The way that we look at this is we draw on our huge quantitative database and those qualitative assessments to basically derive a quantitative metric for influence over each strand. So for that, we will be looking at things for example, in terms of politics, things like number of diplomatic engagements, level of United Front activity in the country, and so on, and thinking about what that means for the targeted country's exposure to Chinese influence, and how asymmetrical the relationship is, and the extent to which that country is dependent on China within that strand. Then we derive scores for the country overall, and that is done basically using a weighting system where we think about how influence in each of those strands is able to compromise that country's overall autonomy. That allows us basically to trace the development of China's influence over time, as well as compare it across countries, which is one of the things that we have done in this report.
SP: And so, Sam, when you look at these various strands, are some of them more important than others? Do some of them lead and others lag? And how can you sort of spot a rising trend of influence, be it from China or any other country for that matter?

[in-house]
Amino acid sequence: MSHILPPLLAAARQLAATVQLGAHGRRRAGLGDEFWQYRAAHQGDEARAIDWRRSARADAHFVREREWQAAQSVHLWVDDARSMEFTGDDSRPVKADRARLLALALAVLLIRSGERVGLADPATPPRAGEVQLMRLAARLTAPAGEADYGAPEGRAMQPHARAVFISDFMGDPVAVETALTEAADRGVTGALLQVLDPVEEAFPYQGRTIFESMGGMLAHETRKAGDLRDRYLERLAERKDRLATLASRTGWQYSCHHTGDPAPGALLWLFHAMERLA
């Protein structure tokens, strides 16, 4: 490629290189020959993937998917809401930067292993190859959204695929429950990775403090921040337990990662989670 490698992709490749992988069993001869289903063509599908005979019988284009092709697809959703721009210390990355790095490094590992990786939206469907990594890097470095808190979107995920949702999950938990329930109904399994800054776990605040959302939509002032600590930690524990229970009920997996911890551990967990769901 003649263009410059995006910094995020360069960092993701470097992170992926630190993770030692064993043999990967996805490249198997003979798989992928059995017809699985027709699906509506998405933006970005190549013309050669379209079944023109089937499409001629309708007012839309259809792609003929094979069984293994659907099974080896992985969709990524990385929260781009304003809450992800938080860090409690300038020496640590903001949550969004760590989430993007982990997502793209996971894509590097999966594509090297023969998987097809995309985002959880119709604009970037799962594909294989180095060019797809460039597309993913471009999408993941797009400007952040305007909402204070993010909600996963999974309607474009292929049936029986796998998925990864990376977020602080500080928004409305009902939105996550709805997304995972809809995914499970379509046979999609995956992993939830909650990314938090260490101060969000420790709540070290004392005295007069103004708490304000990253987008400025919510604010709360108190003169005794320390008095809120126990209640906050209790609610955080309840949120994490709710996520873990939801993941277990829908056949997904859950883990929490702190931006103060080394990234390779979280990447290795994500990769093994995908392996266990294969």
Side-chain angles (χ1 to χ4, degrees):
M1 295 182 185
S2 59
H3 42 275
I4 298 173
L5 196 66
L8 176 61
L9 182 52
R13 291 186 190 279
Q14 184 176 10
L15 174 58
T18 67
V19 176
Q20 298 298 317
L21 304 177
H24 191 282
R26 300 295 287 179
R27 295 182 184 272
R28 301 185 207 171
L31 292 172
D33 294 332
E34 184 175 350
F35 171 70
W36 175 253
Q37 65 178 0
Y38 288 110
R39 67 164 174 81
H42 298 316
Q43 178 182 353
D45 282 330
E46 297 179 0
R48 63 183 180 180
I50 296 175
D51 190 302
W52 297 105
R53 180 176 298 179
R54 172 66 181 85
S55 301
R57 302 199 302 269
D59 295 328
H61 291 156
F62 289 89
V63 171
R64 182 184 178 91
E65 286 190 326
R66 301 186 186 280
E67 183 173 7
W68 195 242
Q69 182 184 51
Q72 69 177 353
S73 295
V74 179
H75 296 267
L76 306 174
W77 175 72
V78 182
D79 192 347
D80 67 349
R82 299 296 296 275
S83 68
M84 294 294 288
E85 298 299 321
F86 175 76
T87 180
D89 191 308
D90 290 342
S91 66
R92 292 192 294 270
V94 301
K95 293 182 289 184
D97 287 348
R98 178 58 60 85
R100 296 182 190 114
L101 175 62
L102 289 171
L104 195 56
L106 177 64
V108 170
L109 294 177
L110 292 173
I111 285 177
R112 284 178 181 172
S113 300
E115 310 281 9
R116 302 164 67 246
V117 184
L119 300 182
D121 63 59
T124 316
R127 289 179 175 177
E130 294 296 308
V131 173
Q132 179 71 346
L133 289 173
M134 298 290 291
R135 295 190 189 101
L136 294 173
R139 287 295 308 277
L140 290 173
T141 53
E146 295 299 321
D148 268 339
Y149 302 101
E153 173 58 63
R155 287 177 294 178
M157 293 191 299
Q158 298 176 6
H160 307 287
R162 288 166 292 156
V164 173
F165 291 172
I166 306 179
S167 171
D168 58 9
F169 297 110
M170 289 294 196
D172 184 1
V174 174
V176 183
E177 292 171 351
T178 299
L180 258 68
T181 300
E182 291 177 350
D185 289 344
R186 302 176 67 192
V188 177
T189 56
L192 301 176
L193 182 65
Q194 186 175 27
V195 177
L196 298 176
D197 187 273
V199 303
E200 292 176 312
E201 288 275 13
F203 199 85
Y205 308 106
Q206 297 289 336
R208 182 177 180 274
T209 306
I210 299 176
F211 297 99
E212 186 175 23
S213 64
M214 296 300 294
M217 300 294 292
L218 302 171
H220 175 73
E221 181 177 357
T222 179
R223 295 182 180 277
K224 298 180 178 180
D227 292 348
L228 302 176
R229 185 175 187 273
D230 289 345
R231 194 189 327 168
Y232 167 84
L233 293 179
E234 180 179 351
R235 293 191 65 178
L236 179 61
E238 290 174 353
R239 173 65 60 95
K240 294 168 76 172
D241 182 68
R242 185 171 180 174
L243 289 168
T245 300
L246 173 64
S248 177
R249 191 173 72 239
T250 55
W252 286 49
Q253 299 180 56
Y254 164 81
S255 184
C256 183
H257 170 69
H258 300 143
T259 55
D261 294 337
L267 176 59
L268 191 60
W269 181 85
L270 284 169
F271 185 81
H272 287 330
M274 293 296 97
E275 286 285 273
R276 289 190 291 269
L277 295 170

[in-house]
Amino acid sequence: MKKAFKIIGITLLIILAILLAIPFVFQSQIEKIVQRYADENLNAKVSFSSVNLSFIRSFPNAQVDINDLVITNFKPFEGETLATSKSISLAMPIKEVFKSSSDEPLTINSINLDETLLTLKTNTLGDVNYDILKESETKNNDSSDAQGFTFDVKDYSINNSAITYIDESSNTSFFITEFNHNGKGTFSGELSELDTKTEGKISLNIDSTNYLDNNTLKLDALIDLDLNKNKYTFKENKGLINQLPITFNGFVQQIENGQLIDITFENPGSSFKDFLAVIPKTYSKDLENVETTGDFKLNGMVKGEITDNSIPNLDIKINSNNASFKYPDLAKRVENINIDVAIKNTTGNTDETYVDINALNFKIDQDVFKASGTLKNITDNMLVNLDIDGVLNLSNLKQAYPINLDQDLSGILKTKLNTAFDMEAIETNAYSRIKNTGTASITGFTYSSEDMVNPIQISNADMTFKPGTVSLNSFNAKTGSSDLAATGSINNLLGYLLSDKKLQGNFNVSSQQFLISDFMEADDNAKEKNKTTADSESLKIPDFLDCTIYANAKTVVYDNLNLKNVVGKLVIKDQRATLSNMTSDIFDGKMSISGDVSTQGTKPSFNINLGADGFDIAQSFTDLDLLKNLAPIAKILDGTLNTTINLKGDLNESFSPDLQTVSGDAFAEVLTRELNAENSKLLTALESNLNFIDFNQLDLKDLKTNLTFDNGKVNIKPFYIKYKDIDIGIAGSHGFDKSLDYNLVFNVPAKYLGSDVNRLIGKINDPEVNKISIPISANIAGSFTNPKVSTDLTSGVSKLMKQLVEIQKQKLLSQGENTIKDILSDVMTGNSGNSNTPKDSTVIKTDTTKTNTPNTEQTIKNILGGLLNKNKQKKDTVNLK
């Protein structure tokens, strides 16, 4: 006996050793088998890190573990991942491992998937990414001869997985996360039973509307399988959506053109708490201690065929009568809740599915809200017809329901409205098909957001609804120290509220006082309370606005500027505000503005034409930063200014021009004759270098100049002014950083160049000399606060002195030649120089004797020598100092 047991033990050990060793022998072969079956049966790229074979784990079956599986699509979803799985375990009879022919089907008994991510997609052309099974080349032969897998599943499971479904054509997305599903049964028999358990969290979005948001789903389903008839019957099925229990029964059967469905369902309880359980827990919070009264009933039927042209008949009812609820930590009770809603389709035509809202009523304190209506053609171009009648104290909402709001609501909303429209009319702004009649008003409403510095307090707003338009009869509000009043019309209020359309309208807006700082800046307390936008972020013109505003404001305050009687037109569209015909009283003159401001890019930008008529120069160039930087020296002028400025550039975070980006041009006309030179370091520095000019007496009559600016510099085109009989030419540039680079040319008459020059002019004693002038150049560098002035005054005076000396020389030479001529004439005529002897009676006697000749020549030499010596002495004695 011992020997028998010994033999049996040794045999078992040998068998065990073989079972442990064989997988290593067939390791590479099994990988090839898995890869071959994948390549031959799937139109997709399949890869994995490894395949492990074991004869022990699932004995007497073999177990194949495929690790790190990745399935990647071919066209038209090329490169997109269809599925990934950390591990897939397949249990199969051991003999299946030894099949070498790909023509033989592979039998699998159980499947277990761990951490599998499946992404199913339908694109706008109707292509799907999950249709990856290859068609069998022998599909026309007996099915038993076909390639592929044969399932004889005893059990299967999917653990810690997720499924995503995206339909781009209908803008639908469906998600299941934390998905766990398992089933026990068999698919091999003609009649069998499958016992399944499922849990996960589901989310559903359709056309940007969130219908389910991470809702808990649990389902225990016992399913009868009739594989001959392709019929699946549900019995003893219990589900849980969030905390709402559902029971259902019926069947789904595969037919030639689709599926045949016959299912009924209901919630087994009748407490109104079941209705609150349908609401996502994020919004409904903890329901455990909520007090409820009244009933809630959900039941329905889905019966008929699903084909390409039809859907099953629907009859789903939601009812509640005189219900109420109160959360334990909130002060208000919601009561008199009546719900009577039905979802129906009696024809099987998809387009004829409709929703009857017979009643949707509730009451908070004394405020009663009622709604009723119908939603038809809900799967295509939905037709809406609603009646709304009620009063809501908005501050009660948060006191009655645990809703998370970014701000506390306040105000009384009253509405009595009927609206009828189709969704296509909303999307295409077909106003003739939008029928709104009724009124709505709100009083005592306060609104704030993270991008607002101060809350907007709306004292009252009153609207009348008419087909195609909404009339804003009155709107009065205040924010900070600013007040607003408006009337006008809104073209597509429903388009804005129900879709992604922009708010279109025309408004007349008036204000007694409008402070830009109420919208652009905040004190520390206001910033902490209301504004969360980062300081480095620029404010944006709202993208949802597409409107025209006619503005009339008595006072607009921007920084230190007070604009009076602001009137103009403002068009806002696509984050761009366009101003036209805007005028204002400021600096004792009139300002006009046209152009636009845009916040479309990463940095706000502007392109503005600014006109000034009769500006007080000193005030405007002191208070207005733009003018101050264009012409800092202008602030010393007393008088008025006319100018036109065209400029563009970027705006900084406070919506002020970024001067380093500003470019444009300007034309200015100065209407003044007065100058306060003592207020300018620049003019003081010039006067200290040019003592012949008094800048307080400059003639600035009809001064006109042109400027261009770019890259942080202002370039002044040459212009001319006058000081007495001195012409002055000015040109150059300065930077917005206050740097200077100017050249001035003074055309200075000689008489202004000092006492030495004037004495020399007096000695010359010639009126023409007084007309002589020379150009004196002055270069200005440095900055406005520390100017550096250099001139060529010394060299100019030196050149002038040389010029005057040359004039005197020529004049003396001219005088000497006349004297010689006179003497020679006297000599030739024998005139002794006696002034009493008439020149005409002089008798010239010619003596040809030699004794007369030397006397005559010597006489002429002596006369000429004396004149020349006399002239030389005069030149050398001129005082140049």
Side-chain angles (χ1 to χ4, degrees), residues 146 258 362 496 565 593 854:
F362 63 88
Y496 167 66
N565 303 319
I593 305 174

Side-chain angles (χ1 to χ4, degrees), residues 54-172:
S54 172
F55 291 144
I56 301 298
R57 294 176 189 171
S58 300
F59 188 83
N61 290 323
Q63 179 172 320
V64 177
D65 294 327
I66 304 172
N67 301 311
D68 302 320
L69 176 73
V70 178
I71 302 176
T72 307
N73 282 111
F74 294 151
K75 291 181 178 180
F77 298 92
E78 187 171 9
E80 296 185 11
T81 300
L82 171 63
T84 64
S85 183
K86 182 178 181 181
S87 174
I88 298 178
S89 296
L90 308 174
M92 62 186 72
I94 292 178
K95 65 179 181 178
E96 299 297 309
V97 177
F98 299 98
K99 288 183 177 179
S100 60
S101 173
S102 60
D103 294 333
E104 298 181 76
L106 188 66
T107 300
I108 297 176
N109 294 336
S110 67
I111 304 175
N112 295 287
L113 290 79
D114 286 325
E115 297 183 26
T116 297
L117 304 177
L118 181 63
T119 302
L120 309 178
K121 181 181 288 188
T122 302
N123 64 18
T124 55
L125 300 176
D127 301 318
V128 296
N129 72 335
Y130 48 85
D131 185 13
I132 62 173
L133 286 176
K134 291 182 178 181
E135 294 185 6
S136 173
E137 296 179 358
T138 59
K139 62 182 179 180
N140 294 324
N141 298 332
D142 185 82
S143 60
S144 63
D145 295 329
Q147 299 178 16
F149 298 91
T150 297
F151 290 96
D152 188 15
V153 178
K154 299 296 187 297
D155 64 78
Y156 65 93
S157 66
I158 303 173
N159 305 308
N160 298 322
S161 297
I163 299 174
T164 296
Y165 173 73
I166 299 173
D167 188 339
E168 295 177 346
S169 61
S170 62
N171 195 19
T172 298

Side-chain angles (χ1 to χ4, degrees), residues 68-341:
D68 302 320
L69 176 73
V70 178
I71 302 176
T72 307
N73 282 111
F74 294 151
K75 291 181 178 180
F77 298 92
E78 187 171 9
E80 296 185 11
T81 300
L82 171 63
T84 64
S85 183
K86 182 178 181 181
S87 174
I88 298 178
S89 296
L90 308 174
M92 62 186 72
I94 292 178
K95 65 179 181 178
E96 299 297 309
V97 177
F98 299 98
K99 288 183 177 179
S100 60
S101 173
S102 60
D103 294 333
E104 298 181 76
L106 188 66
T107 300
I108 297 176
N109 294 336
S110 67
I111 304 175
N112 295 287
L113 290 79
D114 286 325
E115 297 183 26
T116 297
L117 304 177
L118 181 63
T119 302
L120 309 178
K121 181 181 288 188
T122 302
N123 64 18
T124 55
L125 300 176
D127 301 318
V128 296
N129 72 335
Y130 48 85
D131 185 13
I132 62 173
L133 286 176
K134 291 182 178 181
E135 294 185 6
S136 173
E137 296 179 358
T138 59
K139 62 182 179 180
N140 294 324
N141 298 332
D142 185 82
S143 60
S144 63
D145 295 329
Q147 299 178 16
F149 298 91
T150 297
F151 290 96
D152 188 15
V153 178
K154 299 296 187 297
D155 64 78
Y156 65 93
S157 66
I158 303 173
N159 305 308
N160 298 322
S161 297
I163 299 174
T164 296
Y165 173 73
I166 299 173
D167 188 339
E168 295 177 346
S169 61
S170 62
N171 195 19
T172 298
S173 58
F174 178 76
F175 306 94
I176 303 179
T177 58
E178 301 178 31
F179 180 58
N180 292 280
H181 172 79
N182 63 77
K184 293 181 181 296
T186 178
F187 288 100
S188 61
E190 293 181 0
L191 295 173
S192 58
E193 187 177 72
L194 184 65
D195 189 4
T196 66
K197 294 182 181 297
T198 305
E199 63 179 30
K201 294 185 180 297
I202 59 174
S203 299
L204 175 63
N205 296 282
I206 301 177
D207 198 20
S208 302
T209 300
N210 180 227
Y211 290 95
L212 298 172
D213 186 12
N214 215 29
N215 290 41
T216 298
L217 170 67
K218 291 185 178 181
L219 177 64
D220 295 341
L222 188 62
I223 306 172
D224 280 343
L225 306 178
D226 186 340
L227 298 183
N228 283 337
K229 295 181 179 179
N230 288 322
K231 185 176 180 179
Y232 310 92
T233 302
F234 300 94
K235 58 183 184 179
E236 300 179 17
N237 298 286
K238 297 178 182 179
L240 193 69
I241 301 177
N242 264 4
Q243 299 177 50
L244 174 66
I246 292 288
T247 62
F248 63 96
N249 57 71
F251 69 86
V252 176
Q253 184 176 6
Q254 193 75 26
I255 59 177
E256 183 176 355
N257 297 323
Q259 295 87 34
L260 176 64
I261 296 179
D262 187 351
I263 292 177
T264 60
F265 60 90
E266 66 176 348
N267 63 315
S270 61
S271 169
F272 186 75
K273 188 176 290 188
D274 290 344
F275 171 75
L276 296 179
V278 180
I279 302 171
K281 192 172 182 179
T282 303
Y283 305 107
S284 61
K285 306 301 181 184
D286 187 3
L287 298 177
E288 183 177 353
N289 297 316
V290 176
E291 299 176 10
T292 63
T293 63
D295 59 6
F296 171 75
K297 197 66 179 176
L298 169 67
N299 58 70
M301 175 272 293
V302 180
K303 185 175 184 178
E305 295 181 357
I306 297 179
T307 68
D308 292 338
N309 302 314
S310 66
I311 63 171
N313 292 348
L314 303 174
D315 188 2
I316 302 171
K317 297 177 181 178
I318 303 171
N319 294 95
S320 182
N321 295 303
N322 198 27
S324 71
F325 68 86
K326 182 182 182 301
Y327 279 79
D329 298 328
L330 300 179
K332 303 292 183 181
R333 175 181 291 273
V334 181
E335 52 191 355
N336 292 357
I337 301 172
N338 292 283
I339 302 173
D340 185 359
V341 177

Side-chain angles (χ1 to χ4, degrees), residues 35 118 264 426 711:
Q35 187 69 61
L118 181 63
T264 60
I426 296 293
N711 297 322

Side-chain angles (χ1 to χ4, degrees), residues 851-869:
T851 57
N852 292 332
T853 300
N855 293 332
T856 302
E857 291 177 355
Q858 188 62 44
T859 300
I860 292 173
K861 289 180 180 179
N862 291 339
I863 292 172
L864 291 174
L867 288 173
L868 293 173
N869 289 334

SO: The most important thing to understand is that some strands are more important than others. The ones that are most important are those that would bake in the longest term, and the most important influence. That, to be honest, is the economy and politics. But there is another one as well, which is really vital to talk about, which is digital infrastructure. One of the things that came out very vividly in this report is that, of course, China is massively important economically... I mean, China's massively important economically around the world, the largest trade partner with 140 countries, 30%, of global manufacturing, and so on. But within Southeast Asia, it is really pushed out to America as the number one trading partner to quite a degree. And although it's FDI does not fit in as much as America's, the overall economic relationship is stronger with China.
What became more interesting was the spread of Chinese digital infrastructure in the region, which obviously are very closely linked to the economic development. What we mean by digital infrastructure is 5G networks for mobiles, undersea cables for broadband connectivity, space - so for example, using Beidou, which is the Chinese GPS equivalent, rather than GPS, which many countries are doing from everything, from transportation, to agriculture, to security, like facial recognition and smart cities and stuff. All of those things come together under the banner of digital infrastructure.
The reason that that is so important for influence is because once you have spent billions and billions putting it in, it is very difficult, both in terms of actually getting it out of the ground, but also in terms of cost and political will, to replace it. And as China builds out the digital infrastructure - 5G, space, etc - then lots of other things in the modern economy and a modern society fit around that, which gives China a long-term ownership or dominance, at least of many of the aspects of the modern economy.